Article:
Is Atom good enough for the job of productivity? It depends on your definition of productivity but it’s fair to say that it’s not going to be good enough for most people as a daily drive for office-type activites. For me, however, there’s an exciting mix of capability here. As a blogger that writes, and writes, and edits sub-2MB images with the occasional YouTube video edit in 720p, this could really work for me, especially given the battery life and always-on capability. I’d add HSPDA for my ideal mobile blogging setup and a full-size SD card slot would be a dream but this could work out better than a 10â€ Windows 8 device. I can think of a lot more customers that would get good value out of the Lynx too, not least the long-distance traveler; Having Windows behind the entertaining Metro/Modern/Win 8 Store is perfect for that scenario.
Here’s how I’m using it right now (see image) because I haven’t got the keyboard dock yet. That comes next week.
Here’s a rundown of the device itself.
Screen. Bright, not incredibly punchy in terms of color but is IPS which is a must on a tablet. 1366×768 is OK for me but I know that many would expect more. For reading, there would be an advantage with 1600×900 of course.
Build. Strong. No flex. No creaks. Plastic back feels a bit cheap. One thing I must point out is that the edges are not smoothly chamfered which could have given the use a more comfortable experience. If the Lynx was any heavier it would have been a serious negative point.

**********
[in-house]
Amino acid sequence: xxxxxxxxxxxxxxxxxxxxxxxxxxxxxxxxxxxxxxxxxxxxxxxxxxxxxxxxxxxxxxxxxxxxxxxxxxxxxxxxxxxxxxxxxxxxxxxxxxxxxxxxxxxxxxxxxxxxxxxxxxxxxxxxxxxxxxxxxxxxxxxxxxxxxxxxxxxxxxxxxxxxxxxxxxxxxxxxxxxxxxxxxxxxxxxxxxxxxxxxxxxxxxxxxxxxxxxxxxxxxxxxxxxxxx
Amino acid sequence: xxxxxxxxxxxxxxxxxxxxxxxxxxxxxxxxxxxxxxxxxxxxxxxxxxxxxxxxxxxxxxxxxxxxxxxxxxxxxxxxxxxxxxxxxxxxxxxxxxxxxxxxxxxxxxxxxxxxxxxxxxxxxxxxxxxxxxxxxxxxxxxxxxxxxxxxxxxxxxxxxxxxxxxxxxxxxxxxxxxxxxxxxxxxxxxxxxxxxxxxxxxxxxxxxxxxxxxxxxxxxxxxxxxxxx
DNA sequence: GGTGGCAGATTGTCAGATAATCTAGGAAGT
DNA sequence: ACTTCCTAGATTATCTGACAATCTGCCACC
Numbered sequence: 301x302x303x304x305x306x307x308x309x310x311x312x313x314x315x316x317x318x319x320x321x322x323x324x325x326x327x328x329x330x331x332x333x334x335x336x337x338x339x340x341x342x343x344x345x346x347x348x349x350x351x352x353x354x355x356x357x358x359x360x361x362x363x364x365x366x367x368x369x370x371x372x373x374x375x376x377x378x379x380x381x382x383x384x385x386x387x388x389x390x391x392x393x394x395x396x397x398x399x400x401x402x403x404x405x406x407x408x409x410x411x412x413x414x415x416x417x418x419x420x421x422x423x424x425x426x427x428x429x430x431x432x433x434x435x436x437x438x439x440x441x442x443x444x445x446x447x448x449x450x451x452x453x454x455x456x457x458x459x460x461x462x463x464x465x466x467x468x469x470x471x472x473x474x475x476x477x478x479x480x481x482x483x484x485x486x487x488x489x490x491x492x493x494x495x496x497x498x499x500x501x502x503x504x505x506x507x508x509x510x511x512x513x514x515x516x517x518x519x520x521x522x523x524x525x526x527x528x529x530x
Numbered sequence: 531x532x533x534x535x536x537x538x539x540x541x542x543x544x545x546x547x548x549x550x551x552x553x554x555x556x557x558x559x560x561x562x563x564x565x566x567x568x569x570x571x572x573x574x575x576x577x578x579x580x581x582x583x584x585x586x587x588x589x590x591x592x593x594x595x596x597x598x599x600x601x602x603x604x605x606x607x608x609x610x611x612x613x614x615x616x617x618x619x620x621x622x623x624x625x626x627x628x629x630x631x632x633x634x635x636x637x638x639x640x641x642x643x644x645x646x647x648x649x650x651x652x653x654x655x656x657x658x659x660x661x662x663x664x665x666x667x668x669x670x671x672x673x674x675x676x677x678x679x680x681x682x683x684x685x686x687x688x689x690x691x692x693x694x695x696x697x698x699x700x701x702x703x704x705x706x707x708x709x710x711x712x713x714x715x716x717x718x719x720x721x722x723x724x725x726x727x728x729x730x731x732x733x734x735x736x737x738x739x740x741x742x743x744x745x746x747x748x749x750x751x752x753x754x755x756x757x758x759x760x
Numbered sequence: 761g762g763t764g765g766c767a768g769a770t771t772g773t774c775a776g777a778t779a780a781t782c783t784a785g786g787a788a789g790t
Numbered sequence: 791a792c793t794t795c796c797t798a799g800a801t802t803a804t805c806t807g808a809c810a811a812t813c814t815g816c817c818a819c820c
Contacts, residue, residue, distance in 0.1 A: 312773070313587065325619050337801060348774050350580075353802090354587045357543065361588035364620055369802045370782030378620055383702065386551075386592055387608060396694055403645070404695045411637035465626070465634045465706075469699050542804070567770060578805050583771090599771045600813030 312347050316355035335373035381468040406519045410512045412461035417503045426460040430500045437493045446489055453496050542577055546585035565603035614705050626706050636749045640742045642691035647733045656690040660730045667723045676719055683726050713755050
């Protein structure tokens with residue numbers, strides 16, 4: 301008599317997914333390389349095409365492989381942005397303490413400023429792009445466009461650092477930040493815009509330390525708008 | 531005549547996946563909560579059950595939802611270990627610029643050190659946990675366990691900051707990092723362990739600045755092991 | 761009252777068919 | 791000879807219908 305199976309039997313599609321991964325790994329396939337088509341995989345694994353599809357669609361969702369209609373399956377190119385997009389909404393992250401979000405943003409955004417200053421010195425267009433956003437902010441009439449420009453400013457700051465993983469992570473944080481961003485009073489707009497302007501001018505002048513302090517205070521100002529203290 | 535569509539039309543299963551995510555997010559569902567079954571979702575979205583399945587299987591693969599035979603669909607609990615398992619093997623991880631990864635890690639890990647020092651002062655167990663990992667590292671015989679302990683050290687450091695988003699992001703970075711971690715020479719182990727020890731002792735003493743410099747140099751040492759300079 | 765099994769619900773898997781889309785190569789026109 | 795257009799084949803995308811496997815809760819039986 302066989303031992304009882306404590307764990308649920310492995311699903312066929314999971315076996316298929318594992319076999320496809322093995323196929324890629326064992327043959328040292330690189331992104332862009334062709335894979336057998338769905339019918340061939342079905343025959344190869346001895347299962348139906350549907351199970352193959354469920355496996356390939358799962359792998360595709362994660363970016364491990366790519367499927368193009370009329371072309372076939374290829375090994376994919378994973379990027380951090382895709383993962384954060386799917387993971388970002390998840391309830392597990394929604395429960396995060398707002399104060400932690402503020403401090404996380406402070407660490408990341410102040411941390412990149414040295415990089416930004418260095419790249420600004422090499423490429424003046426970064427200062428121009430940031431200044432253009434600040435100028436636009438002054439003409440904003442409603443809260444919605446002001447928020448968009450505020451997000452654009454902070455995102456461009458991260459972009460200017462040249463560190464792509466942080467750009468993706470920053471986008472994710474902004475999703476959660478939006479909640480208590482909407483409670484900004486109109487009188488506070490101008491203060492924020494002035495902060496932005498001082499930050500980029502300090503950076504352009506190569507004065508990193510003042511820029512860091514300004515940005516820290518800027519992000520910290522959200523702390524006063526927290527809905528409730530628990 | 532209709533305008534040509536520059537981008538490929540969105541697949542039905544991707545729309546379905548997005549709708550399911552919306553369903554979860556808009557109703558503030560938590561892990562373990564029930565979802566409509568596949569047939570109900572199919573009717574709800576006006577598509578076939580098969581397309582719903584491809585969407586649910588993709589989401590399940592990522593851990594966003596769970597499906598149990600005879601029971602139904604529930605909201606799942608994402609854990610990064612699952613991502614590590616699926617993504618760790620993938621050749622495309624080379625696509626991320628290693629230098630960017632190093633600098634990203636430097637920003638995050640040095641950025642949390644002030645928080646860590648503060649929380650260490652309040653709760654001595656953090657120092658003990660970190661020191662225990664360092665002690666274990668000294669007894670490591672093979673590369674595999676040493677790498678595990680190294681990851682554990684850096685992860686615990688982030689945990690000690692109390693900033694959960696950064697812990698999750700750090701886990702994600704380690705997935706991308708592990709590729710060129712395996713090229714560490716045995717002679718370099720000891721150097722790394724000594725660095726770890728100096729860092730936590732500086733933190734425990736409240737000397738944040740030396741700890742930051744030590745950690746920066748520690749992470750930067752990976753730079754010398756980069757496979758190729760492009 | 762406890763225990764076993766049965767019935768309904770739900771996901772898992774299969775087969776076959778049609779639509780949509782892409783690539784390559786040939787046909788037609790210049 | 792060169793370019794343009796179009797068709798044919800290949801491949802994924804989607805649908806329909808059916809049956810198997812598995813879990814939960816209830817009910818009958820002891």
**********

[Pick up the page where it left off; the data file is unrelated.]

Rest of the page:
Ports/features: No rear cam. Micro ports could be a pain (usb, hdmi, sd on the tablet.) Speakers are loud, not brilliant quality. Dual-array mic.Â There’s a micro-USB to USB converter included and you can plug in a micro-USB charger which seems strange considering it’s a host port. Check out the unboxing video, below,Â for a closer look at the ports.
Software: Apart from a Norton package (removed immediately) and a Sugar Sync service (Acer cloud sync) it’s refreshingly free of additional software.
As for performance, you shouldn’t expect much difference between Clovertrail tablets due to the high level of integration inside – due to Connected Standby requirements. (Always on.) The Lenovo IdeaTab Lynx does, however, beat the Acer W510 on PCMark7 purely because the eMMC write speeds are a little faster. On every other benchmark the two devices were almost exactly the same. The WiFi appears very slightly weaker on the Lynx which is a disappointment. It has the same Broadcom WiFi chipset as the Acer but I was hoping for better antenna design. In general the WiFi is relatively weak.